On a typical day there are three direct InterCityExpress (ICE) trains from Frankfurt to Kiel, but none of these left at a time that was convenient for me, so I booked an ICE to Hamburg-Altona with a connecting Regional Express (RE) to Kiel. As so often happens, the ICE arrived half an hour late, so I missed my connecting train and had to wait nearly an hour for the next one.
Fortunately the next RE to Kiel was already waiting, on the other side of the same platform, and the air-conditioning was turned on, so at least I had a comfortable wait. And I was in no real hurry, in any case.
After thirty years and several overhauls, these first-generation ICE trains are still in service, particularly on the north-south routes. You can spot these first-generation trains by the bulges on the roofs of their dining cars. I still think these bulges are aesthetically pleasing, though they were a waste of energy from the start, because of increased air resistance. None of the later generations have these bulges, and some don’t have dining cars at all, only “Bord Bistros” with one overworked attendant manning a microwave, a coffee machine and a cash register.
Visitors from places like the USA and Australia continue to be impressed by the German railway system, which does still provide hourly connections to and from most major cities.
Those of us who live here and travel regularly by rail are less impressed, first because we can remember how much better the system used to be (in the 1970s and 80s, for instance) and second because we have an example right next door, in Switzerland, of how brilliantly a rail system can function if it is properly staffed, organized and funded.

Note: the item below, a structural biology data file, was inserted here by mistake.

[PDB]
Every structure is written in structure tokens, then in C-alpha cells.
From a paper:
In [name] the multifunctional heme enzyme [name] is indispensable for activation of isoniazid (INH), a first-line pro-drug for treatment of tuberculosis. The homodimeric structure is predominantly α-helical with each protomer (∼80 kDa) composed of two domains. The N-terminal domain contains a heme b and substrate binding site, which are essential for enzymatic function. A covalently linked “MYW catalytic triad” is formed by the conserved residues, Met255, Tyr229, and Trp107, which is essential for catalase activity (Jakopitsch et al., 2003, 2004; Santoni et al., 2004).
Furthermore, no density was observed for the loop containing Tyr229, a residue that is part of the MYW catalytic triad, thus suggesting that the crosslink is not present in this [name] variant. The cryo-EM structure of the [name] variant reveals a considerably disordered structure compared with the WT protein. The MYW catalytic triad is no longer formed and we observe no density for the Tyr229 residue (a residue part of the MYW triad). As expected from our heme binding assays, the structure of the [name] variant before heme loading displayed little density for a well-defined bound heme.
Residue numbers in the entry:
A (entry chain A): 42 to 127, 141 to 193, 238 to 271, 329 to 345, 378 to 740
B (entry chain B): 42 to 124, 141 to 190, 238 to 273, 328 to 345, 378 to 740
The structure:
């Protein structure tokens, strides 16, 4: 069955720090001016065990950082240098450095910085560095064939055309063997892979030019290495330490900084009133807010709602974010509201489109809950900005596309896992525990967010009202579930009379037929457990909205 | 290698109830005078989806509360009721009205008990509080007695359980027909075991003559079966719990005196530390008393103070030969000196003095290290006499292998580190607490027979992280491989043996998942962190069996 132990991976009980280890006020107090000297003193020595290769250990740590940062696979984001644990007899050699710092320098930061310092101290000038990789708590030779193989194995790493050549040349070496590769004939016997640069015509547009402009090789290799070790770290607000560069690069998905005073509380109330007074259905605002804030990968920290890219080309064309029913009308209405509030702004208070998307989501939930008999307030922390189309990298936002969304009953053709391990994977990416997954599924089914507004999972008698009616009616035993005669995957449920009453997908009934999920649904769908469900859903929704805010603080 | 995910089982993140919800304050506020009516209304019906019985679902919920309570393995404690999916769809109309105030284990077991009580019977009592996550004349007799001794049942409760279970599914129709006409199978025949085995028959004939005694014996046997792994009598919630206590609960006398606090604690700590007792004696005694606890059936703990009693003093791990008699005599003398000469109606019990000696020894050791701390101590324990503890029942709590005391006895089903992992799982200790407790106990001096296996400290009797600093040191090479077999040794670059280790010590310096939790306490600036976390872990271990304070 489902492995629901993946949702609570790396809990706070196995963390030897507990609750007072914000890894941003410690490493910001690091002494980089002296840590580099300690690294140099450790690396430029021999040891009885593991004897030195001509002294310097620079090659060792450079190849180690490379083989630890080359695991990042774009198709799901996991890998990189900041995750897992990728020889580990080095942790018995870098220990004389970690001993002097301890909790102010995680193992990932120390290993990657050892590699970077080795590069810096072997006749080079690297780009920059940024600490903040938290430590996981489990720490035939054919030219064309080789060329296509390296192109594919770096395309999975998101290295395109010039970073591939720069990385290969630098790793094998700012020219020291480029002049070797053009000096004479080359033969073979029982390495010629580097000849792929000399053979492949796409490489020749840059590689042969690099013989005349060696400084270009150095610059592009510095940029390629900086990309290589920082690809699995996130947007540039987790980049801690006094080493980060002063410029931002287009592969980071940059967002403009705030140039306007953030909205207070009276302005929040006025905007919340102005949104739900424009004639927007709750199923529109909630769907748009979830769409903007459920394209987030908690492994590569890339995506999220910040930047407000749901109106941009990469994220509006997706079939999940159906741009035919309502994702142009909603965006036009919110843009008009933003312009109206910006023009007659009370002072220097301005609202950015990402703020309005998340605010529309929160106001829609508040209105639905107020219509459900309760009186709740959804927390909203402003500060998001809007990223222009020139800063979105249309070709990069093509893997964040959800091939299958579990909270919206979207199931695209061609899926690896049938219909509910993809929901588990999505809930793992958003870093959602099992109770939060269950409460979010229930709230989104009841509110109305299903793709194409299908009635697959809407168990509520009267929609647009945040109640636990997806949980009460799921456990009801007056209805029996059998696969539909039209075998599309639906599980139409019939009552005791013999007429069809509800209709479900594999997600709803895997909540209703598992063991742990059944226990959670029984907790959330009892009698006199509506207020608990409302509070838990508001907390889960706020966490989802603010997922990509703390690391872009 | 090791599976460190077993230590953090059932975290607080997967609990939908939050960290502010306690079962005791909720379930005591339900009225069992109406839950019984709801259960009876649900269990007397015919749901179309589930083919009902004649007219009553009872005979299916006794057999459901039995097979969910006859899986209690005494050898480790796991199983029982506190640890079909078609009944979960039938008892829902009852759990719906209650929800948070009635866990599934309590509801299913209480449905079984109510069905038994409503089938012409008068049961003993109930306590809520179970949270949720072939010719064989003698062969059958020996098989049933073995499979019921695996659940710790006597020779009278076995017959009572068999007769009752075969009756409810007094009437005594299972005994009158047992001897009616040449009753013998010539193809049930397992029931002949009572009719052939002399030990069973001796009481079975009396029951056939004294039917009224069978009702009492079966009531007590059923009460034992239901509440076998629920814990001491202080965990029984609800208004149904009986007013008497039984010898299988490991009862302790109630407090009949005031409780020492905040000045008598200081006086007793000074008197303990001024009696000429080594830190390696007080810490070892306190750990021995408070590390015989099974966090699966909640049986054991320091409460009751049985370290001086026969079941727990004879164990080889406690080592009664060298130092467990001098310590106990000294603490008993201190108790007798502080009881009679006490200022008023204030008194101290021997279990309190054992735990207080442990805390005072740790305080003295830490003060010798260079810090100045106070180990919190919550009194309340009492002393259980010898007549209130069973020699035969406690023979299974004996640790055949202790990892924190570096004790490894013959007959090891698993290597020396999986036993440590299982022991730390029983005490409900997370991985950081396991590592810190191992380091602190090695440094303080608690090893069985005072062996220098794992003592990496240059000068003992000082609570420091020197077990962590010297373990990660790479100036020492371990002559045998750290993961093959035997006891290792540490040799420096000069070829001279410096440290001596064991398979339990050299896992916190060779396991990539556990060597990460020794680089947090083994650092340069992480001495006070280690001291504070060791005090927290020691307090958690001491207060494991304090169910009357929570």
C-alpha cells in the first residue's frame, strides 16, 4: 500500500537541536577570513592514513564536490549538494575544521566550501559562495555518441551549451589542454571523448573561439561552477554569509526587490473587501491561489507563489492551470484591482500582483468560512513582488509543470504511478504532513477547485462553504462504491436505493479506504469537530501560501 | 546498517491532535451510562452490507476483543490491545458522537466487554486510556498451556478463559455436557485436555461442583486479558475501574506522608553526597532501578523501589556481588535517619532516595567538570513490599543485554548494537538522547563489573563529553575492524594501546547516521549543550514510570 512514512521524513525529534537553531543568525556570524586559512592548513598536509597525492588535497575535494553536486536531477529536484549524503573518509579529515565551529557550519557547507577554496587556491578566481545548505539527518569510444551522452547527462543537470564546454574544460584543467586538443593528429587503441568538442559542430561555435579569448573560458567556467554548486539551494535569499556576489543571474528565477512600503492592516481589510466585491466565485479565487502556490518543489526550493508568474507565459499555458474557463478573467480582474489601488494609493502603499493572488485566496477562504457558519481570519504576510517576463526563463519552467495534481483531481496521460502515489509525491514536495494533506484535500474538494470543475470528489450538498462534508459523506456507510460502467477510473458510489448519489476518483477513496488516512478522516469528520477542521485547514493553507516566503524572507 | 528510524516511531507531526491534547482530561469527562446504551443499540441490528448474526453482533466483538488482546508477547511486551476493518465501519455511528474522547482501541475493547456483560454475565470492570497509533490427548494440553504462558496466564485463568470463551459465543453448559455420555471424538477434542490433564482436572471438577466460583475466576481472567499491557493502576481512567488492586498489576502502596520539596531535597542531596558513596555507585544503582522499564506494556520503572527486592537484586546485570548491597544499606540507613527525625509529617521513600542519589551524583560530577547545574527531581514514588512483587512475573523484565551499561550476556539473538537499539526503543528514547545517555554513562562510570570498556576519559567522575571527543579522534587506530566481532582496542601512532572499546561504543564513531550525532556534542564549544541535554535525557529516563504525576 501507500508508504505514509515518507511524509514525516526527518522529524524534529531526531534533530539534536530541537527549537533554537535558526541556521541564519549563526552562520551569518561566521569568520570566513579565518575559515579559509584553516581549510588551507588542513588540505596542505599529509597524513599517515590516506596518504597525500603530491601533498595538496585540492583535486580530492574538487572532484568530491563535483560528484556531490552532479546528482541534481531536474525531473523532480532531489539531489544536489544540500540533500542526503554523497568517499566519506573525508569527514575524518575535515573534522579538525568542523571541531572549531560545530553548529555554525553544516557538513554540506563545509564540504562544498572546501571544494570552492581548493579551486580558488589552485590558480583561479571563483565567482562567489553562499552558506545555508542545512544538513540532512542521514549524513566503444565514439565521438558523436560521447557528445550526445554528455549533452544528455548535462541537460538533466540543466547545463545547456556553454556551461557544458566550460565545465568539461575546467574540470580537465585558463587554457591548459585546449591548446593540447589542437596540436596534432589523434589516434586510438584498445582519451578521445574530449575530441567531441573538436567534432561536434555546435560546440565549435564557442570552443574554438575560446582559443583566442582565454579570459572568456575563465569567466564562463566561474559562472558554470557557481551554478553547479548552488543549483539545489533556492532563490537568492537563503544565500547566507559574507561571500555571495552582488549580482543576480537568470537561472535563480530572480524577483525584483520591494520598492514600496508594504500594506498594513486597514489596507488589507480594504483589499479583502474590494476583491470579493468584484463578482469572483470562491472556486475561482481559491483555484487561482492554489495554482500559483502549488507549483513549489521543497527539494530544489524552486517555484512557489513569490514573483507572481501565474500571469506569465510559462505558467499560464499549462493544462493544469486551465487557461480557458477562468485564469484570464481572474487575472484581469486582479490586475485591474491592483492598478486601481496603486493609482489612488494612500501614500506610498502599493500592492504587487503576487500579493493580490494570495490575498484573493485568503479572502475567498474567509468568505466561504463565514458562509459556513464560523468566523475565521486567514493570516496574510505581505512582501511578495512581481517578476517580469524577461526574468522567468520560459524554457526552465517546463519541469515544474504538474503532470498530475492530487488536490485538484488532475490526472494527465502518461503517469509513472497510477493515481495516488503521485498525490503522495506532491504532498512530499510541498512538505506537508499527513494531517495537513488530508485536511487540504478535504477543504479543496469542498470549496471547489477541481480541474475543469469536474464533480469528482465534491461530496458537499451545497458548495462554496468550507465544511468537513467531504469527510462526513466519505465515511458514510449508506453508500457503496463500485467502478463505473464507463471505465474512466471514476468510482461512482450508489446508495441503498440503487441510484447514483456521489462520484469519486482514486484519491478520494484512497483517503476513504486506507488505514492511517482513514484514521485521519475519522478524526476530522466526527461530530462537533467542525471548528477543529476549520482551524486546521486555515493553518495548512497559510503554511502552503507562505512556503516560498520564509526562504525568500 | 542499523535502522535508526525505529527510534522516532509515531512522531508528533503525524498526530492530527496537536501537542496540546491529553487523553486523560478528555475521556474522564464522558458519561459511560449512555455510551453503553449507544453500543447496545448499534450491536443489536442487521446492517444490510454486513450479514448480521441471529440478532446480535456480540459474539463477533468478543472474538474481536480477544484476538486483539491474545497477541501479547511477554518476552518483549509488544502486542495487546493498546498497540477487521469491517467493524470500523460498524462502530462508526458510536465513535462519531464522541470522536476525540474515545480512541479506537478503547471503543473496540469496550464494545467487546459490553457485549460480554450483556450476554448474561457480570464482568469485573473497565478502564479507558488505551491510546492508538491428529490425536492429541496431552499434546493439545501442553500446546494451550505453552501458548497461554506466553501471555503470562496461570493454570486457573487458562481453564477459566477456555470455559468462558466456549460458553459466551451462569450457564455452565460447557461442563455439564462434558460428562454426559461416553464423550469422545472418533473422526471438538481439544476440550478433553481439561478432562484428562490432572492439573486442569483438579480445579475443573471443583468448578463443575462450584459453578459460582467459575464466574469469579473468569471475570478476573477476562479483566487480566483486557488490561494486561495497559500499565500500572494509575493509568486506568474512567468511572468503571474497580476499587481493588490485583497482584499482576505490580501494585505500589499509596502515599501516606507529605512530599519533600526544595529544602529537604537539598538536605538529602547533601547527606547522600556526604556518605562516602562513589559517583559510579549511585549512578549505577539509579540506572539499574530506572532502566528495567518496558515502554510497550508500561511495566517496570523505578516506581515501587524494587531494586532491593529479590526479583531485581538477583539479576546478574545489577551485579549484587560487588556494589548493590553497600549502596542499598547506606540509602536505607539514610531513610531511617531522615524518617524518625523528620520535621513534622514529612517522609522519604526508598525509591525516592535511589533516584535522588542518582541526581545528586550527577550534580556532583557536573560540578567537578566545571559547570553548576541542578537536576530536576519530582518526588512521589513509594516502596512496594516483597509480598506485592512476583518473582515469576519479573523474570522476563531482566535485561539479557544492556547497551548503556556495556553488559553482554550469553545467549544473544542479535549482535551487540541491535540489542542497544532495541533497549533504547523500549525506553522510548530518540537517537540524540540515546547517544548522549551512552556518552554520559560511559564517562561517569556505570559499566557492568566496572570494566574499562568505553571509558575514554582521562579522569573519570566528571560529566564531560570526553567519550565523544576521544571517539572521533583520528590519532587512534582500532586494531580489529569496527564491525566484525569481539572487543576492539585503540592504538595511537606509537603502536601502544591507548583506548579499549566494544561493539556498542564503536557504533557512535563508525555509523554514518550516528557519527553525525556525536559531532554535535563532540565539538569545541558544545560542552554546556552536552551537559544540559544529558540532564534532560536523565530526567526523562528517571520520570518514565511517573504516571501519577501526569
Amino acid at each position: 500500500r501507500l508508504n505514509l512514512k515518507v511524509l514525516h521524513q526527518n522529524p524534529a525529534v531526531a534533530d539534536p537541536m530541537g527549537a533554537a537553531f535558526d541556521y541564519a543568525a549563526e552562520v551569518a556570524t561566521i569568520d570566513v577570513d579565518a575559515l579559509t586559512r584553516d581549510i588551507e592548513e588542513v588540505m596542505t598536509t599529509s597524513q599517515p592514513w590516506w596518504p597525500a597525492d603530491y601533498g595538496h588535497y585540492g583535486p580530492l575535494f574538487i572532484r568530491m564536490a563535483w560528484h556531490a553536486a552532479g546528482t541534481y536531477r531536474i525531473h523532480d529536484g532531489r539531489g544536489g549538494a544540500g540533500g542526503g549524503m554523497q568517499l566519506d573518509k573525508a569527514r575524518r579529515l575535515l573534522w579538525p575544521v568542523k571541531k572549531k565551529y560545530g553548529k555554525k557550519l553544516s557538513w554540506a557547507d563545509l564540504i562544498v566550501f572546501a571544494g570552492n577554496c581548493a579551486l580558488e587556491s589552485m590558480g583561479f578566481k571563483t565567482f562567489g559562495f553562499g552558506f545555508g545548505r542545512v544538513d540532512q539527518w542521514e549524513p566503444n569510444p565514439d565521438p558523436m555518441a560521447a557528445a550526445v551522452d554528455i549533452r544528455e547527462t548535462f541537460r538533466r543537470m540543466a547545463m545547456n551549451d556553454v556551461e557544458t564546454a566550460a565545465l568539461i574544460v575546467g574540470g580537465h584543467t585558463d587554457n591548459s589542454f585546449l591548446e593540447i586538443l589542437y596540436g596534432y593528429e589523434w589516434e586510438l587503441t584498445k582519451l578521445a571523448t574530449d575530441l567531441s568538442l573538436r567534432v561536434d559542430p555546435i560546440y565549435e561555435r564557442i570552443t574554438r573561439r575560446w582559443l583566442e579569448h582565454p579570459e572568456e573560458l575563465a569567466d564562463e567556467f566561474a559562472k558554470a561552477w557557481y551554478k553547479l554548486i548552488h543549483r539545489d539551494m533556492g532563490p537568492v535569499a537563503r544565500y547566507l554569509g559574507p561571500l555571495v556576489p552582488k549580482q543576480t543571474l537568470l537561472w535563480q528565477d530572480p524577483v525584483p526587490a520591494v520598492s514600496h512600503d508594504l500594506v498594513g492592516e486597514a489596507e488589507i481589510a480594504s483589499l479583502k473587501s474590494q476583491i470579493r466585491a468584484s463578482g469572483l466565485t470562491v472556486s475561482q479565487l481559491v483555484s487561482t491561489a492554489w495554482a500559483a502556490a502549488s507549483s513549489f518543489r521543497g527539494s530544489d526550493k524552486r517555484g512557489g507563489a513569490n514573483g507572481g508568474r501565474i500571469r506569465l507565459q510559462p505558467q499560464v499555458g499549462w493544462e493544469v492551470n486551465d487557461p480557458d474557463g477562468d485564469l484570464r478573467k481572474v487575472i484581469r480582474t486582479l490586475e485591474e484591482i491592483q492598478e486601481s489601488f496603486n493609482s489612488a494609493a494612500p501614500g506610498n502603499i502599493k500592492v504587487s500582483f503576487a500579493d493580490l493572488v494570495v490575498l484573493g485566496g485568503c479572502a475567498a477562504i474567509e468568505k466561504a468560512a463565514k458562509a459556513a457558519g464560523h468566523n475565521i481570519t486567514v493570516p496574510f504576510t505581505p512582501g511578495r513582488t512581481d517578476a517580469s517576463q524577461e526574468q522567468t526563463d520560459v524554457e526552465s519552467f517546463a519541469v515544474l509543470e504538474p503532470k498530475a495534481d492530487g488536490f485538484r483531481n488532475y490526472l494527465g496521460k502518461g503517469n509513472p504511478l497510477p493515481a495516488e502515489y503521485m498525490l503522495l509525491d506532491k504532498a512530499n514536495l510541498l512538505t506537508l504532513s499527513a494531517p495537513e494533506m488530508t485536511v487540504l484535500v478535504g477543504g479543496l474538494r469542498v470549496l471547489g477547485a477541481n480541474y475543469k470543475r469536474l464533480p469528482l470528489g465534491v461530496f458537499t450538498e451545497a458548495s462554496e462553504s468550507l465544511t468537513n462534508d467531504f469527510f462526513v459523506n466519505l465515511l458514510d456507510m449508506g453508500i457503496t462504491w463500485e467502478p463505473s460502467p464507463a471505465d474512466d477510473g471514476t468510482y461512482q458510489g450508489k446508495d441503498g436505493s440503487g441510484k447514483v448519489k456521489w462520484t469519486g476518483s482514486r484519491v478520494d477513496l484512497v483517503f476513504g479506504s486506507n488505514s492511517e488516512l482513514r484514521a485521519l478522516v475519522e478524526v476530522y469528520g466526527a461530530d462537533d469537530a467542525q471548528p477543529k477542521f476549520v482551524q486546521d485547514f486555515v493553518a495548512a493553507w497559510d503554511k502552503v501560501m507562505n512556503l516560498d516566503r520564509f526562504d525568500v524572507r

In my view, the decline of the German railways was a side effect of the reunification of Germany. After the collapse of Communism, the prevailing ideology of the 1990s held that public services would work better if they were structured like profit-making corporations. Accordingly, the re-united East and West German railway systems were entrusted to a caste of unscrupulous millionaire managers who came from other industries such as automakers, airlines or printing machine companies, and had no prior knowledge of railroading. Their goal (which sounds grotesque in retrospect) was to make the railways so profitable that they could be sold to investors on the stock market, and their method was to cut costs by reducing what they considered to be excess infrastructure and excess personnel.
Although their stock-market fantasies failed to survive the financial crisis of 2008, they have left us with a diminished railway system — which, however, is still best way to travel, since cars, buses and planes are just as unreliable and cause unacceptable levels of damage to the environment.
By the way, on my return journey from Kiel to Frankfurt both trains were very nearly on time, within two or three minutes of their scheduled arrival times in Hamburg-Altona and in Frankfurt. This also happens (more often than not, in fact) but often goes unmentioned.
My photos and text in this post are from 2019.
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